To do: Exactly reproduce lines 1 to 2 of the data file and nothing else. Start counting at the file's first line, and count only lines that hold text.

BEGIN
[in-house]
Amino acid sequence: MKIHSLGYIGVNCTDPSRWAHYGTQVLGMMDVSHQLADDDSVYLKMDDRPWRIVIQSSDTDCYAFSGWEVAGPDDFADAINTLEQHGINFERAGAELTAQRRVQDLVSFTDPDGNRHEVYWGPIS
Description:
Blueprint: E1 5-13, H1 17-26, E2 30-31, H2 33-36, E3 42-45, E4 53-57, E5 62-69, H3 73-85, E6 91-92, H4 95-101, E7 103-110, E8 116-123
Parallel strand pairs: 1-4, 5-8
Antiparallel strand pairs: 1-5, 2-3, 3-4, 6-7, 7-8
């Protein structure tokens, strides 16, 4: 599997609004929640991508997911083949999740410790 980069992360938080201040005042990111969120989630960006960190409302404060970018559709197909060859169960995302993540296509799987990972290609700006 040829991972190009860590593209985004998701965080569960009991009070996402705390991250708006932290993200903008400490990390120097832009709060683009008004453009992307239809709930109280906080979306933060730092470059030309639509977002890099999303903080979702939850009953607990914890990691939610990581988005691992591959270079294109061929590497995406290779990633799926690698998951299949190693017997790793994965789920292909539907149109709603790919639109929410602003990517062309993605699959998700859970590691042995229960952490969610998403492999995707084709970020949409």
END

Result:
[in-house]
Amino acid sequence: MKIHSLGYIGVNCTDPSRWAHYGTQVLGMMDVSHQLADDDSVYLKMDDRPWRIVIQSSDTDCYAFSGWEVAGPDDFADAINTLEQHGINFERAGAELTAQRRVQDLVSFTDPDGNRHEVYWGPIS